For roughly seventy years, the United States has promoted suburbs on a massive scale (with evidence that a suburban vision has existed for roughly 170 years). With a majority of Americans living in suburbs, it would take work or certain events for a robust conversation to be had and then a wind-down of the suburbs and shift toward other spaces would likely take decades. At the same time, future researchers and pundits might look back to important conversations, events, decisions, or changes that started the United States down a path away from suburbs. Those precipitating factors could occur today, in the near future, somewhere down the road, or never. While the suburbs in the United States have tremendous inertia pushing them into the future, they do not necessarily have to continue.

Explaining a low housing supply

Relatively few homes are available for purchase in the United States:

Sales of existing homes rose a steeper-than-expected 3.5% in December compared with January, according to the National Association of Realtors.

Demand is surging because mortgage rates are about a full percentage point lower than they were a year ago, and the largest generation, millennials, are aging into their homebuying years.

That demand has pushed the supply of homes for sale down 8.5% annually to the lowest level since the Realtors began tracking inventory in 1982…

Sales of homes priced below $100,000 were down 7.7% annually in December, while every other price category saw increased sales. That is because there is so few for sale at the entry level. Investors have been very active in this category, turning these homes into lucrative rentals.

The article cites multiple factors at work: low mortgage rates, older millennials looking to purchase properties, and a decreased supply of cheaper homes (in part because of investors looking for rental properties).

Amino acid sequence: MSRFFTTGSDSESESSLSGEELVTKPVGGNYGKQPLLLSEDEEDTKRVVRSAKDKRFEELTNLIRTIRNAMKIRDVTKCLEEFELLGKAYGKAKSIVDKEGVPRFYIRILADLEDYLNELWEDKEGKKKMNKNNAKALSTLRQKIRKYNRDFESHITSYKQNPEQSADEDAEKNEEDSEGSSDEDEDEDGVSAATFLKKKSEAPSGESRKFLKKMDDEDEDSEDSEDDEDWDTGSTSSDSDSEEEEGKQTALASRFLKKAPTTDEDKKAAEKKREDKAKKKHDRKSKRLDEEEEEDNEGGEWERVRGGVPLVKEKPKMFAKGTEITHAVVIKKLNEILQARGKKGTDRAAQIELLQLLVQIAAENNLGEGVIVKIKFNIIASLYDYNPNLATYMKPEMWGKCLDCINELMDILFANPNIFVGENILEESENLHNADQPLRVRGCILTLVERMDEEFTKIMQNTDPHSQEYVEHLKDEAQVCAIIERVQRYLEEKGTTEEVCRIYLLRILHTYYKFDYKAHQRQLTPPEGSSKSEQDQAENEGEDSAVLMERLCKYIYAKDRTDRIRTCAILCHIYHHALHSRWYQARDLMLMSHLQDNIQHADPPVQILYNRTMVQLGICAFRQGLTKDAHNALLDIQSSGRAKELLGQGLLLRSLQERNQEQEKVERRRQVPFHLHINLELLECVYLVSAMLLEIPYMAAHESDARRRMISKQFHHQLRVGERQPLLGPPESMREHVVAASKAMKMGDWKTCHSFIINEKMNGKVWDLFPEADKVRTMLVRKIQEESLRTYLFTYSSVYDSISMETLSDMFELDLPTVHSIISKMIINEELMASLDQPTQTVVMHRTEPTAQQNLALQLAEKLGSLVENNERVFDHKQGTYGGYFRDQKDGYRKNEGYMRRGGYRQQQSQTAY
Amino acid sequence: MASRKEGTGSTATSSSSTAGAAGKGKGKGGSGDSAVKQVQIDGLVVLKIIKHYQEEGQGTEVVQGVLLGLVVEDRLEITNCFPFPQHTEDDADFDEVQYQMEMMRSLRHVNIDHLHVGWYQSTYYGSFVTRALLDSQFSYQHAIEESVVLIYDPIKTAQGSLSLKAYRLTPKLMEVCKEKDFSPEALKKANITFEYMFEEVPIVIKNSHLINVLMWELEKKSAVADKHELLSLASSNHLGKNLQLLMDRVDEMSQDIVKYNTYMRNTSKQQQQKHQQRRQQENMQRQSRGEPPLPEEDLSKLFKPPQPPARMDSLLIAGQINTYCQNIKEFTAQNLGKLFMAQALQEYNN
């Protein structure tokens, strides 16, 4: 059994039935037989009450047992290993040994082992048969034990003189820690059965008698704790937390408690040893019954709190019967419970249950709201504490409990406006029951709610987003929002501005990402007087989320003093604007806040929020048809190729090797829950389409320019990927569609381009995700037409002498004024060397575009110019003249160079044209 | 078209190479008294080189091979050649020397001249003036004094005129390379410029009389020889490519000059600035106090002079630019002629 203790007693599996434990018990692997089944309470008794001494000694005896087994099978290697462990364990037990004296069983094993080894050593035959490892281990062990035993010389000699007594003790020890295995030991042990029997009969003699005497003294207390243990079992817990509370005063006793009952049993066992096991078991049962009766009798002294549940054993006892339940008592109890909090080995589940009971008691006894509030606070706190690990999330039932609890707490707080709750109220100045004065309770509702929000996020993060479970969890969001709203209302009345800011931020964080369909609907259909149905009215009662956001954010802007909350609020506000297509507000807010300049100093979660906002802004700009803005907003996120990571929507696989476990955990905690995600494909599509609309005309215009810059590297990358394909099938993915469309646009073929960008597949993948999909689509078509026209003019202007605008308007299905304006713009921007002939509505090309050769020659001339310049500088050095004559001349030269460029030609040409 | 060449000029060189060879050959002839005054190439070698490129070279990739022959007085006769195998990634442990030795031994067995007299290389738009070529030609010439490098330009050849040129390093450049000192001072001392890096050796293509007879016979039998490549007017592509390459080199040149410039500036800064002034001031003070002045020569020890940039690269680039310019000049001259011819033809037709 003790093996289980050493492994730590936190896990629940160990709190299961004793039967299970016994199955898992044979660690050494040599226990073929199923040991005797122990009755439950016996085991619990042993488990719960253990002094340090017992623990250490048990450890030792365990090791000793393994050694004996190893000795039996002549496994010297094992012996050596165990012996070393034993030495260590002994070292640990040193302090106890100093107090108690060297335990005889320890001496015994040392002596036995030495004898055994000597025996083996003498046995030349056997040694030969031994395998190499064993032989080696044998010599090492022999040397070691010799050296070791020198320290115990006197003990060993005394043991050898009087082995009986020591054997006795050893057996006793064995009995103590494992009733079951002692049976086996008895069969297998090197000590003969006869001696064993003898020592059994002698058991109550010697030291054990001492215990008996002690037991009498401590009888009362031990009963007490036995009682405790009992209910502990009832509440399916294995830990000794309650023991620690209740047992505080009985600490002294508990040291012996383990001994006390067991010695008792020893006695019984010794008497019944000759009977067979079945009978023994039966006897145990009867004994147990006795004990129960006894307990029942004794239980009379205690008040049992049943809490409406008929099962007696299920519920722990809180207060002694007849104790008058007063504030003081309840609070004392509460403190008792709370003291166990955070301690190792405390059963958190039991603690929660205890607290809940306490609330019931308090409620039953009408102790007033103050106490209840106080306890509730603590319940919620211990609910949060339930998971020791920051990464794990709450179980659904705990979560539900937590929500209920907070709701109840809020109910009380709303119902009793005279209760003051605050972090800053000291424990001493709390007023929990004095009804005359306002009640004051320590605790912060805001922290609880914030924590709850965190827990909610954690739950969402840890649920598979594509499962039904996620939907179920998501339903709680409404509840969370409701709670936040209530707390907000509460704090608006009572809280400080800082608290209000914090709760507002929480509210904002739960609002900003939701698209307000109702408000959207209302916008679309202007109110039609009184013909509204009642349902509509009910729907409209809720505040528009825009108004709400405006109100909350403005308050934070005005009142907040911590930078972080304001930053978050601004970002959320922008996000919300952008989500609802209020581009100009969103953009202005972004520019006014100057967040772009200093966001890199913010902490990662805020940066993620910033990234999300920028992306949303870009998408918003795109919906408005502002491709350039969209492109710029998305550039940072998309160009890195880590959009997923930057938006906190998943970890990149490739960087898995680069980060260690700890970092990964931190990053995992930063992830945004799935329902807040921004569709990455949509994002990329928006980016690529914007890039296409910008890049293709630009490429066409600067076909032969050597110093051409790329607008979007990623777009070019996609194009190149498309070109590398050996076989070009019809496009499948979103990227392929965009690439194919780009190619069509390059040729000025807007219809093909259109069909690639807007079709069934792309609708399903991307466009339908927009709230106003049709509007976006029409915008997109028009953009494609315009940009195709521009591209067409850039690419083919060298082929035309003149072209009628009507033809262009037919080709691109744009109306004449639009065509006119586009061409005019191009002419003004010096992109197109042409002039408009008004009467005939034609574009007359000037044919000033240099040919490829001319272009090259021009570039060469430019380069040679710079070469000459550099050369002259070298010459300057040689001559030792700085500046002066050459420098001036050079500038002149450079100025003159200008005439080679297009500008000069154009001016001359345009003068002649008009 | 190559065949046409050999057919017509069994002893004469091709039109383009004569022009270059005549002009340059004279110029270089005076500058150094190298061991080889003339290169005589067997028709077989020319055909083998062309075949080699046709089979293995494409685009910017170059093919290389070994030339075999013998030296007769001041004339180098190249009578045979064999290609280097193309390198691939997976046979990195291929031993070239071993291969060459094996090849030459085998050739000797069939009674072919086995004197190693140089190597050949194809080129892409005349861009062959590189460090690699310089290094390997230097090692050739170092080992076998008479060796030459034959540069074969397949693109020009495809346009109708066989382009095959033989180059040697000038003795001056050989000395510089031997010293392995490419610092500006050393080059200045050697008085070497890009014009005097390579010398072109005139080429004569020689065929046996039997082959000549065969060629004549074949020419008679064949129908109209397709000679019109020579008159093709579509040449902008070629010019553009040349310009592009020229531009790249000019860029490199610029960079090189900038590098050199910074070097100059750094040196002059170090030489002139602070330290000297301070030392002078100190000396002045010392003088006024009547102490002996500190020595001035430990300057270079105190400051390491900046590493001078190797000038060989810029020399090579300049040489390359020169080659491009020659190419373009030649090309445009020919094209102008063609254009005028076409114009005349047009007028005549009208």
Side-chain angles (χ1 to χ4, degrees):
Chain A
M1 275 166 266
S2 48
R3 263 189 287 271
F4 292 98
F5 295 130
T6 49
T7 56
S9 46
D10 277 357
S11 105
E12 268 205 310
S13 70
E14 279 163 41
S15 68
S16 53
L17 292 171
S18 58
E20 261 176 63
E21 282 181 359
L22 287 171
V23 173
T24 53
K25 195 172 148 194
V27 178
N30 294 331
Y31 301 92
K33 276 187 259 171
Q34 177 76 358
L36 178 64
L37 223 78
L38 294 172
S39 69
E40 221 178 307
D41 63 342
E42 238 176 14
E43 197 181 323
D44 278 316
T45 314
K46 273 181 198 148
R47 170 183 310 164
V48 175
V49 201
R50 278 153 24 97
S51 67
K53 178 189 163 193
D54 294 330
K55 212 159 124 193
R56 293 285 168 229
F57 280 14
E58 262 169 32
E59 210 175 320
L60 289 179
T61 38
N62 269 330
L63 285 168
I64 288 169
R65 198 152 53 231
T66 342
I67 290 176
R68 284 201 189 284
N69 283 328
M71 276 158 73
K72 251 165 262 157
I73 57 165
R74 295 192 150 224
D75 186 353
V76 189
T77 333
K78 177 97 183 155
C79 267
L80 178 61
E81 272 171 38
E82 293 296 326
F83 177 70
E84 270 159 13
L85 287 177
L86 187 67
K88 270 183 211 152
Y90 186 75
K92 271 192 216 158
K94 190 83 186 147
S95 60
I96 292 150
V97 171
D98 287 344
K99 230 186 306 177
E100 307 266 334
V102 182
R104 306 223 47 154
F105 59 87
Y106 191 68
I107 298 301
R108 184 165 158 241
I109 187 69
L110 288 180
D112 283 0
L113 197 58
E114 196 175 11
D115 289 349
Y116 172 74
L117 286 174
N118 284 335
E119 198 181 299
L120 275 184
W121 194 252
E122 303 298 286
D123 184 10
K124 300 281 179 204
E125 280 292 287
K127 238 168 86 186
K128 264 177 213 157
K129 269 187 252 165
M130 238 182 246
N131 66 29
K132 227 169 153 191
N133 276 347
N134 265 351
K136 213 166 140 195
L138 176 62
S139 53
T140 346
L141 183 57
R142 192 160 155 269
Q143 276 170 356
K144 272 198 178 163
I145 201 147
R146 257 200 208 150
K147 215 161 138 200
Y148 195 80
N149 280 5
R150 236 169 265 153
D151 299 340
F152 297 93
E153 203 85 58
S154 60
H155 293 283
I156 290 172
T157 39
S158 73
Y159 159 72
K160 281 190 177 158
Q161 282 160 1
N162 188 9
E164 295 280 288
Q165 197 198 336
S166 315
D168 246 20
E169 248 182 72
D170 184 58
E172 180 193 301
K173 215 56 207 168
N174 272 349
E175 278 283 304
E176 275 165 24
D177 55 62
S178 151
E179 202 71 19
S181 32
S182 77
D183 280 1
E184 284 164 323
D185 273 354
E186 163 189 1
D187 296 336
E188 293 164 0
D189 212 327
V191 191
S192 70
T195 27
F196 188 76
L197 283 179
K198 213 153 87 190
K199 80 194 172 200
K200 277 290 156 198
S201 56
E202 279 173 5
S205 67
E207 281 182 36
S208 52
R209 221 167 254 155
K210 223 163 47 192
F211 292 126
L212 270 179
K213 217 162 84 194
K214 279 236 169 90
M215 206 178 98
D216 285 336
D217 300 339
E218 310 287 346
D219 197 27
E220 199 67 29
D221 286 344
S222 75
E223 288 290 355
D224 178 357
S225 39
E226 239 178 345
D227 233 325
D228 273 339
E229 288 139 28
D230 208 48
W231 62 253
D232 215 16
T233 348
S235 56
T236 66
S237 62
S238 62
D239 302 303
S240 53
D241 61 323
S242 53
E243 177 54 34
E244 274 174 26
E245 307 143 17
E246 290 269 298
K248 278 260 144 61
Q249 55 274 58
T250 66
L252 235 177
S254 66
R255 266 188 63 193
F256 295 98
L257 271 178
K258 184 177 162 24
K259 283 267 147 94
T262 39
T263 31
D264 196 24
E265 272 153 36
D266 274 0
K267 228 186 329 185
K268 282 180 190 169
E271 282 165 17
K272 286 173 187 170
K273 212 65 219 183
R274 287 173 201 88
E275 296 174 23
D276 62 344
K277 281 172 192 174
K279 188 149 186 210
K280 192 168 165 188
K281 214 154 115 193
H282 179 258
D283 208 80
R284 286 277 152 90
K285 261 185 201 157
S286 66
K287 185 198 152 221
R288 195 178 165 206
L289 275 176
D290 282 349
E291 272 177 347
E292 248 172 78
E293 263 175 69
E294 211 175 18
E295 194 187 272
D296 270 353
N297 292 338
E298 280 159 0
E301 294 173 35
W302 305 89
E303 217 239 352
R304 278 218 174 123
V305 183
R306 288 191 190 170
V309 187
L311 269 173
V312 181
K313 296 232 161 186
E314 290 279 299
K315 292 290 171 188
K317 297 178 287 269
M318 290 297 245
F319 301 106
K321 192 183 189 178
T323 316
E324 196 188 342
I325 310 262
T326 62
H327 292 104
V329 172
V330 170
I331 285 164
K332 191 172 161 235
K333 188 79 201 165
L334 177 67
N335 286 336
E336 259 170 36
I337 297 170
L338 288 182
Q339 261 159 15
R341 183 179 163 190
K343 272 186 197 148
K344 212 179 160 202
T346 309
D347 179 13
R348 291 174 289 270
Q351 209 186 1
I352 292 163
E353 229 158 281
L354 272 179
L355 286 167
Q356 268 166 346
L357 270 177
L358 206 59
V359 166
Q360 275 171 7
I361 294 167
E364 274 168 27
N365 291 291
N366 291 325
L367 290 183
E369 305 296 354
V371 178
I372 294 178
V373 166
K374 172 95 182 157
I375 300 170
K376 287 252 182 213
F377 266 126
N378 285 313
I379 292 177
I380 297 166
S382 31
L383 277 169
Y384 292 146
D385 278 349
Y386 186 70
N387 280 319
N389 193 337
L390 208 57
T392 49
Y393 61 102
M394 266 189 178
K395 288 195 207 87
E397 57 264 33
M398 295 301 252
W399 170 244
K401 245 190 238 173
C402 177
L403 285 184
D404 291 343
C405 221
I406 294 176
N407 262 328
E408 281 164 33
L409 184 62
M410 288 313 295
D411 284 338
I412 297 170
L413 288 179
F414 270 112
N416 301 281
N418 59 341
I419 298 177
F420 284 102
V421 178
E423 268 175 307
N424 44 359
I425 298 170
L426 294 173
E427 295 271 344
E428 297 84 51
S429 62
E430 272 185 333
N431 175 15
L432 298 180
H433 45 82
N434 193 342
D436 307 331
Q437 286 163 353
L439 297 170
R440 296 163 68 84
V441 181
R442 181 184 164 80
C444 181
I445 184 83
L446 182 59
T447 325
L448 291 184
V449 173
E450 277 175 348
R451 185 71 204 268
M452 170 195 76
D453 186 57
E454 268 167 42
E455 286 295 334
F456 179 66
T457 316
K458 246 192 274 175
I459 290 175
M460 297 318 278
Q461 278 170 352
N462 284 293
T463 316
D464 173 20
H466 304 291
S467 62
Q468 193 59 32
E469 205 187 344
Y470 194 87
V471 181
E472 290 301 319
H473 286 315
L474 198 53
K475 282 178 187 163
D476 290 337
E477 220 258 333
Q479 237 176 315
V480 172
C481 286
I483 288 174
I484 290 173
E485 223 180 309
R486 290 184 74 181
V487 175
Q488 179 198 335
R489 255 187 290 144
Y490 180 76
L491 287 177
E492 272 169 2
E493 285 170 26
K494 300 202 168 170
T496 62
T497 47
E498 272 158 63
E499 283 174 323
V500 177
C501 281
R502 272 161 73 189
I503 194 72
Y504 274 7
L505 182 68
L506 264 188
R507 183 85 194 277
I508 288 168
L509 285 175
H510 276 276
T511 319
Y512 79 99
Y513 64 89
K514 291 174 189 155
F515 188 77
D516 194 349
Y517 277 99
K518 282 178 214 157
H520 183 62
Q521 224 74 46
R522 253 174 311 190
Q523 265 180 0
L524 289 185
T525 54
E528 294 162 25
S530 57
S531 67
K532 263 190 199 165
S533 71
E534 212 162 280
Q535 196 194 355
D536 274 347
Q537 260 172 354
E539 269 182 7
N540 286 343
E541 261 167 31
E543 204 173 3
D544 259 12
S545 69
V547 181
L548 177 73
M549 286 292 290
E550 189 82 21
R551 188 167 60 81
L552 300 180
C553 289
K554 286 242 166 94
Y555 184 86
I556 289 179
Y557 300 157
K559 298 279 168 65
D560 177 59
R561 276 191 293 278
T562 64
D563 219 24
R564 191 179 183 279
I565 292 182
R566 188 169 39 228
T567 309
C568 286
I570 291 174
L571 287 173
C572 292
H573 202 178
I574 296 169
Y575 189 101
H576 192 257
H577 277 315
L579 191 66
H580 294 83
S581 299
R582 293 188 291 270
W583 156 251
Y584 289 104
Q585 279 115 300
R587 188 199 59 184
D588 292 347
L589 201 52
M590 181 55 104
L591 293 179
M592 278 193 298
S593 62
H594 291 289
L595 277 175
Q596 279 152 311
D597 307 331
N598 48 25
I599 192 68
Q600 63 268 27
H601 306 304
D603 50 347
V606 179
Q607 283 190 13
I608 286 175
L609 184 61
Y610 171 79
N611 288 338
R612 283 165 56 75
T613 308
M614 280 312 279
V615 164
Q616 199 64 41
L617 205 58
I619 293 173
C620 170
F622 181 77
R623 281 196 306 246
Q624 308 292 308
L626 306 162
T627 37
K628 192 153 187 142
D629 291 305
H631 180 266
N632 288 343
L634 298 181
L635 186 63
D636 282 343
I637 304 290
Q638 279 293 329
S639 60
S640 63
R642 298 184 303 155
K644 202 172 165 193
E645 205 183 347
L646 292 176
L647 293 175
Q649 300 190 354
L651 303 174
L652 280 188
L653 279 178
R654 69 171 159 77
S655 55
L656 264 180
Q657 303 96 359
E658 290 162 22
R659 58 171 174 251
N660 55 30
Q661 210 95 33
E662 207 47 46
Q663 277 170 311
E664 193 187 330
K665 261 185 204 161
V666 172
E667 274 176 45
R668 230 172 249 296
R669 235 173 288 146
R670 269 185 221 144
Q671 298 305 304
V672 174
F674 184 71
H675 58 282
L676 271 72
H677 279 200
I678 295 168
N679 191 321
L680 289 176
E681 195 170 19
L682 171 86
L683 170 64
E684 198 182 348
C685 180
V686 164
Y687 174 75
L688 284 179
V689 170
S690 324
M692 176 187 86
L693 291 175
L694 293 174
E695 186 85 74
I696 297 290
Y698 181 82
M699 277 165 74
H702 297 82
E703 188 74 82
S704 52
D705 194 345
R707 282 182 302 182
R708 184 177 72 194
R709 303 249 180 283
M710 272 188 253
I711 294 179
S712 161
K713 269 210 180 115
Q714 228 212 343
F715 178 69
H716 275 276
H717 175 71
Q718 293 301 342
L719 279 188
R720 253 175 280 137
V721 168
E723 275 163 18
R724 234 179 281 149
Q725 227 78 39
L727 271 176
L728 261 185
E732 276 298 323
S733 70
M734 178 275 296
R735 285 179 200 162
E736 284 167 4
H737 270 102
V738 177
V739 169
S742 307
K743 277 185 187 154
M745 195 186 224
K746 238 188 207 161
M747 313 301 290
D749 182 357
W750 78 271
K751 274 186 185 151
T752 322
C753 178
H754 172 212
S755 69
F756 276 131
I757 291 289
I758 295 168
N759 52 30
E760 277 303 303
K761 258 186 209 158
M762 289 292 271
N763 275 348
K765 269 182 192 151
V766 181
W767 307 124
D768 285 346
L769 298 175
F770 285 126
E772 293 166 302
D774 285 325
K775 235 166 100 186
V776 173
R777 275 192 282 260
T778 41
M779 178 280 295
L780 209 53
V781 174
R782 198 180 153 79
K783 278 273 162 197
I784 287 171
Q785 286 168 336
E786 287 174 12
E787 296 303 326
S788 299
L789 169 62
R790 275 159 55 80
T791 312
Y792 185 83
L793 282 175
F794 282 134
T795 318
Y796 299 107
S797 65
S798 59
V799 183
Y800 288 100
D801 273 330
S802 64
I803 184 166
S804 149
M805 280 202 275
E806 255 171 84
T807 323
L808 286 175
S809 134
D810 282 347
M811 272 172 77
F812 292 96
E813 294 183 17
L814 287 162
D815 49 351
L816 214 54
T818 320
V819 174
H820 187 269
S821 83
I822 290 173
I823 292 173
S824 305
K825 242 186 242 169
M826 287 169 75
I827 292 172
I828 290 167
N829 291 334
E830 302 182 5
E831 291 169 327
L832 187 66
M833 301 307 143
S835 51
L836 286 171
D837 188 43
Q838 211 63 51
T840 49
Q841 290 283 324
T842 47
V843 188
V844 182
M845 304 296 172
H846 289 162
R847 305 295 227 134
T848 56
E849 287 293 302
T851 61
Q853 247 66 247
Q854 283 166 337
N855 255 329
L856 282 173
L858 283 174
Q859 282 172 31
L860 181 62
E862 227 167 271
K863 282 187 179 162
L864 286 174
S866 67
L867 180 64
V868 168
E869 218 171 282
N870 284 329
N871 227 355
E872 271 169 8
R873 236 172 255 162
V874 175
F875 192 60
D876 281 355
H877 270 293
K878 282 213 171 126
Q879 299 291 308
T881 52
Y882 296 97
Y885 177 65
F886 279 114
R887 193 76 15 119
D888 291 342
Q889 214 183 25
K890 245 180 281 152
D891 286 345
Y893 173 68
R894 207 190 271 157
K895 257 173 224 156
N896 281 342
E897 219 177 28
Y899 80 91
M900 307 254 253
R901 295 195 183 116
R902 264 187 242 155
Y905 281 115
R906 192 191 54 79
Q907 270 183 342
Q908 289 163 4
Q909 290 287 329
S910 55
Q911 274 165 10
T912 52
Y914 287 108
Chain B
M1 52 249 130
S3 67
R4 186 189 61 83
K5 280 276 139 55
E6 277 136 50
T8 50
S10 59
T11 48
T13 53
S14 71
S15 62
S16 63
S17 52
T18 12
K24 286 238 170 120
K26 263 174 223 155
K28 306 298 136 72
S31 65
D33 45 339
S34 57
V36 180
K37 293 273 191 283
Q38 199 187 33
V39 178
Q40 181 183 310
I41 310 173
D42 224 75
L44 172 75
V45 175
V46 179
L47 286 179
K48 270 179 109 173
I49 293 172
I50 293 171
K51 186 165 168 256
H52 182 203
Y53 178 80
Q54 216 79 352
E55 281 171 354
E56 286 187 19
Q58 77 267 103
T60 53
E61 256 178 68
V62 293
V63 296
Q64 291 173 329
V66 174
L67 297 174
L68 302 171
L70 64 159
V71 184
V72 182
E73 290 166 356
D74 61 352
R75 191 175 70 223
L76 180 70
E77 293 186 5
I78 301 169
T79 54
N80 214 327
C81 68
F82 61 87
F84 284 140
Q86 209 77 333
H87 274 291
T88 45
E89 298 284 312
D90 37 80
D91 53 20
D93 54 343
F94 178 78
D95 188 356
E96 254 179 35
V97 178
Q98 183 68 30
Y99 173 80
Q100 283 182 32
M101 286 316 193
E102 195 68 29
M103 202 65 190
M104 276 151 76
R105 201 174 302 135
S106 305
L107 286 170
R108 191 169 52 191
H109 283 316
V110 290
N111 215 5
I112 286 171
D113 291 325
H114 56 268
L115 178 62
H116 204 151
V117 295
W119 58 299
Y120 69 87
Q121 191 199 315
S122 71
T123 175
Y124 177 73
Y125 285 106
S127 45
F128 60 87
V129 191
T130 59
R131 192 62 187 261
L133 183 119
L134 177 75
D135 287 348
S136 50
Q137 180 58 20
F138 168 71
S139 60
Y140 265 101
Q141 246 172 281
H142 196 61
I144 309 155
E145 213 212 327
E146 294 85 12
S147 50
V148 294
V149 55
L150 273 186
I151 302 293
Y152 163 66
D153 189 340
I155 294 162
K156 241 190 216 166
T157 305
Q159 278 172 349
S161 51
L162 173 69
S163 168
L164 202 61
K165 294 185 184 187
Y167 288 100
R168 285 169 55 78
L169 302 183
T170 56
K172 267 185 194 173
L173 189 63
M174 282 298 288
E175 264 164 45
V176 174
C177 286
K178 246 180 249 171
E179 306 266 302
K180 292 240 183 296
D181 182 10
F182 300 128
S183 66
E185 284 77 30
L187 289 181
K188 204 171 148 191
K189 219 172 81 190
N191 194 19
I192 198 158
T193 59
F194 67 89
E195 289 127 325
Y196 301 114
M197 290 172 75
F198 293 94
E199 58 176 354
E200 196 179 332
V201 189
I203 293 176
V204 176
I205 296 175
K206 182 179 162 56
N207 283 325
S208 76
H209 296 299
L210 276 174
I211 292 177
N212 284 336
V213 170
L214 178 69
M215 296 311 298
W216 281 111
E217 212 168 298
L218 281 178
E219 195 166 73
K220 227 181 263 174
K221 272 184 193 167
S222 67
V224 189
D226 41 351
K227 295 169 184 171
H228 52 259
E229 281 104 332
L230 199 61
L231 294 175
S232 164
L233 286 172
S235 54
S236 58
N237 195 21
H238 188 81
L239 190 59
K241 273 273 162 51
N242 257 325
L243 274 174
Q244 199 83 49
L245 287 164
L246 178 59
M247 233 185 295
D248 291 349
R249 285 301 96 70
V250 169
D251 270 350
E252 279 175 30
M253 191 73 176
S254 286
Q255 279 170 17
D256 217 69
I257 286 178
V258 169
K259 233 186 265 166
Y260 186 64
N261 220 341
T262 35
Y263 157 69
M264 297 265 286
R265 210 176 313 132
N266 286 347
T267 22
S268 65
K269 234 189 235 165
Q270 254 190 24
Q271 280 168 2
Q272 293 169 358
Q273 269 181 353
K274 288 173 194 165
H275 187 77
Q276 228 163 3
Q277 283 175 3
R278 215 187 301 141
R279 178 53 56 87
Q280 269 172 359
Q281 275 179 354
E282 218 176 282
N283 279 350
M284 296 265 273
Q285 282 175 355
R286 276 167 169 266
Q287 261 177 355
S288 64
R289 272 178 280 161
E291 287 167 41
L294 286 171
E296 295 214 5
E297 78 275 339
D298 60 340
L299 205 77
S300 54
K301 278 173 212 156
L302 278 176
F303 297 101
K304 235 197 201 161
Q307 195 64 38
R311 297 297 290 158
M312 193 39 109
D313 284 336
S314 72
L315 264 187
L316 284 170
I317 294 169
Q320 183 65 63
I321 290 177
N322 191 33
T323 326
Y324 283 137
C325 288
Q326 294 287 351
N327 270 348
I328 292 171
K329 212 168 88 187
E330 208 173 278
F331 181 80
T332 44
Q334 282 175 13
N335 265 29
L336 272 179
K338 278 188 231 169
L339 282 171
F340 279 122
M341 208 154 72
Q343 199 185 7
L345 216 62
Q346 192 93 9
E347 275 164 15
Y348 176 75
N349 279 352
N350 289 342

I am curious about two things the article does not mention:

1. Who are all the actors involved in these trends? Mortgage rates are down – because federal interest rates are low? How are lenders reacting to this? Millennial homebuying might be up – what do the trends look like for other groups (particularly since homeownership is not necessarily high)? How are policymakers reacting to this shortage, particularly when affordable housing is a major concern in many markets?

2. This seems like an opportunity for builders and developers: the supply is low, people want homes. How are builders responding? According to the Census, new housing construction is trending up in the last few years:

NewResidentialConstructionDec19

These converging actions and trends bear watching in a country devoted, at least in ideology, to homeownership.

 

Toll Brothers, smaller homes, and “affordable luxury”

Can a smaller home also be luxurious? Toll Brothers is looking to sell such an option:

In an effort to expand into new segments of the housing market that fit into its wheelhouse, Toll is putting a new focus on reaching out to the first-time homebuyer, particularly through its concept of “affordable luxury.”

Historically, luxury in the housing market has meant McMansions. However, Toll Brothers has broadened its offerings to include luxury apartment buildings, and its newest effort: affordable luxury. The affordable luxury niche (Toll won’t refer to it as a “segment”) is geared toward the millennial buyer, who is buying later in life and often has more financial resources than the typical first-time homebuyer. Currently, 37% of Toll’s offerings now have price points below $500,000, and in some areas hit $375,000. Note, however, that these are base prices, and when customization and additional amenities push the prices higher. Still, affordable luxury properties fall well below Toll’s average selling price in the fourth quarter of $857,800. The increased density (meaning smaller units/properties built close to each other) of these projects will help Toll maintain margins despite the lower price points.